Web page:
"Robert wrote such a messed up and incredible way to take something away to make a story as impactful as it is and when you read that comic, you kinda don't want that to go to anyone else. It's such an iconic moment," he said, noting that keeping the secret was a challenge. "Living that out was very wild but at the same time, that moment happening and being realized on television in a different medium and to do it in the way that we did it is brave and at the same time super-affecting and that for me was motivation."  

Cudlitz — who joined The Walking Dead as a recurring player in season four before being promoted to regular in season five, and came out on Talking Dead with a flask — said he knew he was on borrowed time with the AMC series extending his character's life beyond the source material.  

"Denise [Merritt Wever] took his death graciously two episodes prior," said Cudlitz. "At that point, I knew I had gone beyond where he was in the graphic novel. Kirkman said he was not happy with how he took Abraham out in the graphic novel, so I was curious to see where we would go from there. I think in the group, he made it very clear to Negan that if he were going to take somebody, take me if it's going to help protect the rest of the group."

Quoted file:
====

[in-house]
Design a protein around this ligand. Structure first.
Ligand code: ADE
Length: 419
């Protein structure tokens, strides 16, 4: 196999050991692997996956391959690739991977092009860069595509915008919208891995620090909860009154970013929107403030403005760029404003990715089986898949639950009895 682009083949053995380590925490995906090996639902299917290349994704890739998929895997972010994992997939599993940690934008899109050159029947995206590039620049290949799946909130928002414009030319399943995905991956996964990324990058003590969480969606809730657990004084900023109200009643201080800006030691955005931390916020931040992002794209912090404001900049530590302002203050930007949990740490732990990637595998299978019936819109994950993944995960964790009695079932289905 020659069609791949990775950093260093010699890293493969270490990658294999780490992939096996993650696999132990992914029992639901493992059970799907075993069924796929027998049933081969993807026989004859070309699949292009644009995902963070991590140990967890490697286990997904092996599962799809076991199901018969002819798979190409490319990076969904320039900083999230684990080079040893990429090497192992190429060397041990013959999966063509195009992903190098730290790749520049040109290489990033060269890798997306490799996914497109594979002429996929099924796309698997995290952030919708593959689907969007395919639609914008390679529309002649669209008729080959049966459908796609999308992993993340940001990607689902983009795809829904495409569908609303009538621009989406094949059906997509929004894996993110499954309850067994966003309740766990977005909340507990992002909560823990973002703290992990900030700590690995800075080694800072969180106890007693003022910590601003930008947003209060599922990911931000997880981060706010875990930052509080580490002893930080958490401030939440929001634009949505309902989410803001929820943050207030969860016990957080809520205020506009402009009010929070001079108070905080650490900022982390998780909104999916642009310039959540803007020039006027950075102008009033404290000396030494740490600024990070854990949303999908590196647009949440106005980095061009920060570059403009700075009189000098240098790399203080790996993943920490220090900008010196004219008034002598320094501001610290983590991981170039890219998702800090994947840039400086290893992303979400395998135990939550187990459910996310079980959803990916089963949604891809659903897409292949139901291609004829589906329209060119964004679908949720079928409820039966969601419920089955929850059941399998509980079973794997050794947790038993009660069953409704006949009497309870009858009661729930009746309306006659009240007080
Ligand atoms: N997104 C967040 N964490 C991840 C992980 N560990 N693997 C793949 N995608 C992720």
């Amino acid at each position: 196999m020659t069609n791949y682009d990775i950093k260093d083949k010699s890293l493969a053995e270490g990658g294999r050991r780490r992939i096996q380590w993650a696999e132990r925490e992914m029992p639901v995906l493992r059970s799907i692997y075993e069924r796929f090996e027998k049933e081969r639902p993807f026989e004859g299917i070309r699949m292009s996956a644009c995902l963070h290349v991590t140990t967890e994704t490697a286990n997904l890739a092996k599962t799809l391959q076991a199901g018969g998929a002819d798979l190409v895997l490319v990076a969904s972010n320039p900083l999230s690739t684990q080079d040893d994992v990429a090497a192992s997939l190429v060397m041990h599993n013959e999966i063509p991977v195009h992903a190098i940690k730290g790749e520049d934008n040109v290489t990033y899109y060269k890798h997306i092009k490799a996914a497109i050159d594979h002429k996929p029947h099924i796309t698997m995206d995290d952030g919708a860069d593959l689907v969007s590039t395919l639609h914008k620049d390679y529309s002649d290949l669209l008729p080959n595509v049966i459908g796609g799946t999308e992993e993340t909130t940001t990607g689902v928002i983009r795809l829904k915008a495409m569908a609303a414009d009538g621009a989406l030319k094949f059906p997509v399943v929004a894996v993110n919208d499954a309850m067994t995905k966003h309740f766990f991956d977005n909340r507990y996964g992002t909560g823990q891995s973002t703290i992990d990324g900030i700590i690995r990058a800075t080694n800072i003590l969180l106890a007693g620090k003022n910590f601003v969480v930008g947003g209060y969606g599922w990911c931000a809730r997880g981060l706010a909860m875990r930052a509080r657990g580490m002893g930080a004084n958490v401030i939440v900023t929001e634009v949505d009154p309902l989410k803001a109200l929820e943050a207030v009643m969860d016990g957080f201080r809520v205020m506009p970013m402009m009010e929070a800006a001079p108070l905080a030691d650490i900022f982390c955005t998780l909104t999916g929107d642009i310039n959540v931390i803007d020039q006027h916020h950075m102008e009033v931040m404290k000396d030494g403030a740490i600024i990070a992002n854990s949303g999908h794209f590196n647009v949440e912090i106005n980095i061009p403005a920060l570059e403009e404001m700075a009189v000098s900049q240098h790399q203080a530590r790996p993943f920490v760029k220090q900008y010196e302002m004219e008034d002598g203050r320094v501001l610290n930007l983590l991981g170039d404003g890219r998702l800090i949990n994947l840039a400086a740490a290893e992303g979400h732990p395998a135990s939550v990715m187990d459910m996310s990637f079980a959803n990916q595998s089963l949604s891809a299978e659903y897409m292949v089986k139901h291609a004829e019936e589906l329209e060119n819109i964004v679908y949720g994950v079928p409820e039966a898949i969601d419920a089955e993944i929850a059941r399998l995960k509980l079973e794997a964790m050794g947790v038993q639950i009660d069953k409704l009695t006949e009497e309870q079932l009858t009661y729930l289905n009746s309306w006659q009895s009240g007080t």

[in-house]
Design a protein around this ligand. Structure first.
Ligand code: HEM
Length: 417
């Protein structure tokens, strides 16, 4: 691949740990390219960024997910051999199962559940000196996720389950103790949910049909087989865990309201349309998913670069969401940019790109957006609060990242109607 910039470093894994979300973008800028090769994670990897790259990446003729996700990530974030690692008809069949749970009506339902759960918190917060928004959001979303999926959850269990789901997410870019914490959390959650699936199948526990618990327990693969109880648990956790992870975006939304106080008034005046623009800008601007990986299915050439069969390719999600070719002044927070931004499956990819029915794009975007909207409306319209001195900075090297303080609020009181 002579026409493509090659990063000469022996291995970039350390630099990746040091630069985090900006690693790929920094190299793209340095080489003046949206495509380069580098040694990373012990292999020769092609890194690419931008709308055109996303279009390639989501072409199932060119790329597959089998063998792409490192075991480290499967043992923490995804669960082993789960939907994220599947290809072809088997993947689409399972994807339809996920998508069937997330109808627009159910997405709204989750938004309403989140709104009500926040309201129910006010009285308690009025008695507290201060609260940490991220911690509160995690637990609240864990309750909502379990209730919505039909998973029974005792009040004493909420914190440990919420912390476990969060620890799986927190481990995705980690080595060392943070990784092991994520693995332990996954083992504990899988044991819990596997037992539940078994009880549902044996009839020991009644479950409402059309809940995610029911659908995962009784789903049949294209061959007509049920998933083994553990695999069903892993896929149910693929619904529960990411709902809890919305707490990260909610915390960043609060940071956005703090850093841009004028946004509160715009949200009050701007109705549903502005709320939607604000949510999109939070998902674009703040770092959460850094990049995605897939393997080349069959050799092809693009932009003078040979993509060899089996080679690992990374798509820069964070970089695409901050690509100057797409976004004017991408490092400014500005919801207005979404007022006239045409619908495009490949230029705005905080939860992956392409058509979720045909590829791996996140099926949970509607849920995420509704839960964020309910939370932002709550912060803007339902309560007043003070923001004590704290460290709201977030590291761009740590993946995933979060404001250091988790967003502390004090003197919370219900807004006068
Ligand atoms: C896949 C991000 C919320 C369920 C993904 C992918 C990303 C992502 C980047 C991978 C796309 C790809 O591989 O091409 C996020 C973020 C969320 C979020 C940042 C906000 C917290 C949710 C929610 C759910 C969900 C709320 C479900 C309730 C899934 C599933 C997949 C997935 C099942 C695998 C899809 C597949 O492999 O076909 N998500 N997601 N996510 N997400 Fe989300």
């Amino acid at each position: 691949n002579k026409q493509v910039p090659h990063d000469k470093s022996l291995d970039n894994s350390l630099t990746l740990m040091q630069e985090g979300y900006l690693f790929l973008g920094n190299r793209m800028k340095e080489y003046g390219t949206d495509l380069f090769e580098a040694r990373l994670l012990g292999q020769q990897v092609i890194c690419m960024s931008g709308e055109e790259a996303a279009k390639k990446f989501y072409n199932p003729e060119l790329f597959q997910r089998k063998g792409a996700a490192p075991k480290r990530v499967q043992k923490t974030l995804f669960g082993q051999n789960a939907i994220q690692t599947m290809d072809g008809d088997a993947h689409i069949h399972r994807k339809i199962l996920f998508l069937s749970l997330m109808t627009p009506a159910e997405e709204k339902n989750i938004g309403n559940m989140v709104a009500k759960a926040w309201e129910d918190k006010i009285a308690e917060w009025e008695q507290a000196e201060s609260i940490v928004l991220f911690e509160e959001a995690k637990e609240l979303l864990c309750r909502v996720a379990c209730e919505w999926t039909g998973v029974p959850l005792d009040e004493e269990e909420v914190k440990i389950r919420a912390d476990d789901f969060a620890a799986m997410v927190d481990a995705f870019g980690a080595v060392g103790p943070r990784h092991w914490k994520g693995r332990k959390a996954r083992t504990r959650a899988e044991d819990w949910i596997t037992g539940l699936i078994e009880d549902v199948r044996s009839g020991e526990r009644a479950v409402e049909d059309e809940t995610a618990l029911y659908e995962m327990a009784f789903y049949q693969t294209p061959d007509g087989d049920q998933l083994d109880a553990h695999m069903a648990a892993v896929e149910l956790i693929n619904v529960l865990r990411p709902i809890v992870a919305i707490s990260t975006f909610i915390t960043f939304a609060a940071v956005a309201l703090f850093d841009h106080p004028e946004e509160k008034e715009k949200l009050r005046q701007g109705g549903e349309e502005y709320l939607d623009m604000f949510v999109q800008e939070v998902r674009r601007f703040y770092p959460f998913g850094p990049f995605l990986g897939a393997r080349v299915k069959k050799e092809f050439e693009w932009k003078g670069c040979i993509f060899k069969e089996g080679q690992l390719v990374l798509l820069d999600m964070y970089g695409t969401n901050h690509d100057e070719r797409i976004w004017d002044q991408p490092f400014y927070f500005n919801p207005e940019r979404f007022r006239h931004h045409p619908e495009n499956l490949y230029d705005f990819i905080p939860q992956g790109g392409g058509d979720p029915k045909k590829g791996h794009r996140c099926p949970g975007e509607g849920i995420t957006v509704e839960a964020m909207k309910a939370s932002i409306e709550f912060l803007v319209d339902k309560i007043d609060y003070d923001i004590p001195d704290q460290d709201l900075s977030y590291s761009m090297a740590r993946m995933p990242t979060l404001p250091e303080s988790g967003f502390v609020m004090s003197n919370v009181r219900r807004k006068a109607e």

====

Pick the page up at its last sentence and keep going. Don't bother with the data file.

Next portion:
As for Abraham's final words — "Suck my nuts!" — Cudlitz was happy that his alter ego was able to get one last zinger in. "Suck my nuts — that’s always satisfying, right?" he said to laughs from the crowd assembled for Talking Dead. "If he's going to go out, these guys had a tough job inserting any dialogue with Abraham because of the way we left the end of last season. It was very clear there was full eye contact left with Negan. It was very appreciated for him to go out that way."

Morgan, who made his debut in the season six finale, said he is a big fan of both Yeun and Cudlitz and didn't want to see either of them go. The actor noted that he can't approach playing Negan as a one-note villain but instead sees Rick's people as the enemy. "I can't play him [as a bad guy]," he said from the rainy Talking Dead stage. "In my mind, he's not a bad guy and he's still letting these guys off easy at this point. Remember, they took out a quite a few of my folks. And remember, if it weren't for Daryl, Glenn would still be alive!"

What did you think of the episode? Sound off in the comments section, below. Bookmark THR.com/WalkingDead for news, interviews and theories stemming from the Walking Dead season seven premiere.